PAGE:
I don’t know if this little exchange will be useful for anyone else or not. However, it seems like every time I answer questions like there, it helps me to crystalize my thinking a little more. If it’s helpful to others, great. Otherwise, at least I had a little fun writing it up.

6 Comments

  1. I think some people argue about the “security” of the code because they are doing more than “Reads”. You *do* have to worry about security in client-side code if you are processing data along the way. It’s trivial to modify the underlying code to something completely different. One example: Use Javascript to fire a workflow.

    If I prevent that workflow from occurring and my whole process relies on that, then the house can cave in. I do say the approach has some caveats, but so does coding in any other language. They just have to be addressed in a logical fashion as with anything else.

    Cheers,
    Matthew

    Reply
    • Matt:

      I agree with you BUT… Since anyone can paste any arbitrary script into the console in their browser, the things you point out can always be a problem even if *none* of your development is client side. It’s a matter of understanding what you are doing and what the possible complications are. *Every* approach has some downside.

      M.

      Reply
  2. I am the traditional SharePoint WSP developer but more and more I will happily use SPServices /CSOM/REST jQuery to solve certain business problems. In fact I prefer to use client side wherever possible now, faster to deliver, minimal iterations, happy punters. But I cant always use it, sometimes doing something client side is the wrong answer, I don’t like state management in cookies, I might prefer wep part properties, especially for repeatable configurable solutions, but those same solutions might still employ lots of client side stuff,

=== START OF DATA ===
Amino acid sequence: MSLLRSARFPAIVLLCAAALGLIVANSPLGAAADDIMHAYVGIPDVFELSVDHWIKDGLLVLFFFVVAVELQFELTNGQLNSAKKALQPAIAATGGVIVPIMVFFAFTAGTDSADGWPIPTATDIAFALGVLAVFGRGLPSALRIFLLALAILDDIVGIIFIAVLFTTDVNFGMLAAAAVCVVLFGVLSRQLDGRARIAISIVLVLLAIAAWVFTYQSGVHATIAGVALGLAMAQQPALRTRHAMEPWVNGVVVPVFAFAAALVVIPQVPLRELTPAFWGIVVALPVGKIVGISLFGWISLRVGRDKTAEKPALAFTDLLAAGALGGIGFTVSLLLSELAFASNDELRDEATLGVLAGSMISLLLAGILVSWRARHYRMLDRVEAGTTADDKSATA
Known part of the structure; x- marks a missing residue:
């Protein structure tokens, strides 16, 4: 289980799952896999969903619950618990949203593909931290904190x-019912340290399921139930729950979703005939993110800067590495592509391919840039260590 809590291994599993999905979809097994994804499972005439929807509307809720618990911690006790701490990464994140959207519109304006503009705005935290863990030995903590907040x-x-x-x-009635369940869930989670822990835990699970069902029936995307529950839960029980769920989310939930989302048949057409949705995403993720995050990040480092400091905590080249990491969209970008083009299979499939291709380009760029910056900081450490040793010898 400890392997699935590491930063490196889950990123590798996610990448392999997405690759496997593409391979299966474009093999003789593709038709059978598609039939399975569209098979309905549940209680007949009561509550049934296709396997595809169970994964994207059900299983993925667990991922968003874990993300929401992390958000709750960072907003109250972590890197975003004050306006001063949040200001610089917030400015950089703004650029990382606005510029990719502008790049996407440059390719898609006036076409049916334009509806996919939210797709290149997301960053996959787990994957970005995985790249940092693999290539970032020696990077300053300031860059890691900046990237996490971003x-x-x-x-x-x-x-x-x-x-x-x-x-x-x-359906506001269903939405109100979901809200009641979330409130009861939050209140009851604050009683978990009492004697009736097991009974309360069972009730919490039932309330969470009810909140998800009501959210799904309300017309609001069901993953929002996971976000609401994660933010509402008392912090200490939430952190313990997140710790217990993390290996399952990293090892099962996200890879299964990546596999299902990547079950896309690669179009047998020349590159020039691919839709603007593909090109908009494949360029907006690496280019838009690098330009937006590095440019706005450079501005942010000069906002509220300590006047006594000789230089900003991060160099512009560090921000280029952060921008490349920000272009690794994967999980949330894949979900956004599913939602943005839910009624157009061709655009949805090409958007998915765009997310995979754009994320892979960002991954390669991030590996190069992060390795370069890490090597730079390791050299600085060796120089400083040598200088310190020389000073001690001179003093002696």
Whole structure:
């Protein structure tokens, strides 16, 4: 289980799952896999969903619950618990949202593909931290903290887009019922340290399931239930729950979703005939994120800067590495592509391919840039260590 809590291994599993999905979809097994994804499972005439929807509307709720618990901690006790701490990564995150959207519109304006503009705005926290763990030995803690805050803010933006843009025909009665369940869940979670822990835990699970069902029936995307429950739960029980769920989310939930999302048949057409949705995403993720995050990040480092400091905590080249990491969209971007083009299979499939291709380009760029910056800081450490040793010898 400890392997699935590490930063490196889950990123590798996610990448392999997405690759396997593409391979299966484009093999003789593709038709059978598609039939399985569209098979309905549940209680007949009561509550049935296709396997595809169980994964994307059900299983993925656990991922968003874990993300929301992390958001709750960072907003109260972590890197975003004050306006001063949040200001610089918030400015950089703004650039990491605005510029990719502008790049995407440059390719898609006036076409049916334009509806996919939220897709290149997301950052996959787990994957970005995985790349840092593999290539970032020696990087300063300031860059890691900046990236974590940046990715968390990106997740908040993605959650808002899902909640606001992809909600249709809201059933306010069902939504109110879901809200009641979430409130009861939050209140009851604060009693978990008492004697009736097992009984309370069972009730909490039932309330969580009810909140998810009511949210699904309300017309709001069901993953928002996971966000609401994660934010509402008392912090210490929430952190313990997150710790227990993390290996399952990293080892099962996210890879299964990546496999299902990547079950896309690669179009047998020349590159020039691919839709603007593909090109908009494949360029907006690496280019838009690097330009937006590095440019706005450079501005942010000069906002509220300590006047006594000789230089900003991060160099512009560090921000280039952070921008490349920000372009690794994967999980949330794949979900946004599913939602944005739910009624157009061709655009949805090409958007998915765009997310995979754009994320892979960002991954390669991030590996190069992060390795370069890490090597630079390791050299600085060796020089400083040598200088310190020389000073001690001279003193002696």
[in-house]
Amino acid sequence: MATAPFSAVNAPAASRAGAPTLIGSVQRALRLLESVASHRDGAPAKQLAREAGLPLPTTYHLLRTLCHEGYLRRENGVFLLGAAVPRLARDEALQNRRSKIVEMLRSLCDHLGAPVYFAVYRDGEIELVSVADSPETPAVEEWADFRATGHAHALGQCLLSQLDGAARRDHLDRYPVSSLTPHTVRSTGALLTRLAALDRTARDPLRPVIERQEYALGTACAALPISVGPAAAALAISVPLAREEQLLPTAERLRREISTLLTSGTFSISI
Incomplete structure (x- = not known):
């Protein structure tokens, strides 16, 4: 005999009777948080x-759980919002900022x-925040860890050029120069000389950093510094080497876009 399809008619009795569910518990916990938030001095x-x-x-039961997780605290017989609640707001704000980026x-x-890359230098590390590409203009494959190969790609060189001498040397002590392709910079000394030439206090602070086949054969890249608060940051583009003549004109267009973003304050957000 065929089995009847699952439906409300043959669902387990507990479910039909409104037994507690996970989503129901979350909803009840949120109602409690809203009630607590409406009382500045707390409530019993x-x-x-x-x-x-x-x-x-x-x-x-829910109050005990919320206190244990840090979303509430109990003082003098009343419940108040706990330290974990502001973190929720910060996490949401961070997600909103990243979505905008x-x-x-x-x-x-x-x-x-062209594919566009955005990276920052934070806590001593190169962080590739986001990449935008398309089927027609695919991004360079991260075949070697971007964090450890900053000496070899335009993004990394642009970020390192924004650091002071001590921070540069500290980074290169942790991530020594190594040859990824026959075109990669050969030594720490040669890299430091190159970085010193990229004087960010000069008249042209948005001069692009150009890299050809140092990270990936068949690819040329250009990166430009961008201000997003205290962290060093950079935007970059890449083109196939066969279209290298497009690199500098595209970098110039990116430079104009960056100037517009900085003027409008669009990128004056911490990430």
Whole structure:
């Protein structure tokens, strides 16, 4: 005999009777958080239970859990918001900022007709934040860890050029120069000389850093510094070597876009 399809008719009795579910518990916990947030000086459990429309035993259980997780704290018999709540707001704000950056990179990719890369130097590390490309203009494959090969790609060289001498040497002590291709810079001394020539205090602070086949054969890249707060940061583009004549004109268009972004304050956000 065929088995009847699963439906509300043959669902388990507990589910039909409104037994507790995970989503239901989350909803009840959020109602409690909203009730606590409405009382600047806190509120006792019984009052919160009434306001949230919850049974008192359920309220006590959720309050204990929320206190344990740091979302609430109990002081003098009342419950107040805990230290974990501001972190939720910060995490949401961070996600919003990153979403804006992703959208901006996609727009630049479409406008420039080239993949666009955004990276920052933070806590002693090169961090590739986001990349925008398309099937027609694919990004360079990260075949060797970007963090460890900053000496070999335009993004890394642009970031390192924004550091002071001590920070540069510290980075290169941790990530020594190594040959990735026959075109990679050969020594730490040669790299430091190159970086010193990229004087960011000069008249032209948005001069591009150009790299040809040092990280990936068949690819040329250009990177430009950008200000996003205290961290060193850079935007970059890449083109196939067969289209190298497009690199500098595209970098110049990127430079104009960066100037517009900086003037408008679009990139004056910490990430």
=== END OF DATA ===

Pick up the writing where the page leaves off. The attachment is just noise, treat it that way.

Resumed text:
If you do not employ client side code in your user interface based solutions it will look rubbish, your users will hate you, they wont come back.

    I cant wait for 2013 at my place even more will be client side. If they add groupby/count(*) into caml then I’d be made up. :-)

    Reply
  3. I’m thinking I should have said: PreSaveAction() as an example. ;-)
    That can be a very insecure point if *all* of your validation/automation logic is there and your processes depend on this logic to be tamper-proof.

    Cheers,
    Matthew

    Reply
  4. As always, it depends. However I will say that I use CSOM frequently especially where I have something simple to display (say items from a list). I can very quickly just dump out my items into an unordered list, toss a quick jQuery script together with say the accordion plugin and in 10 minutes have a really nice UX for the users. I would not use it for something like a heavy duty solution where I was interacting with backend systems (for example BCS) but I tend to try to keep my UI to a minimum most times and task oriented so users only have to deal with one thing at a time. There are other places where you really want to do server side stuff like search, CAML, and anything where errors are likely to occur. I’d rather have a simple C# webpart with a robust exception handler than trying to sprinkle it all over my JavaScript. In any case, use it but use it wisely. With some common sense you can really leverage the system and get some great low-hanging fruit solutions out with little effort.

    Reply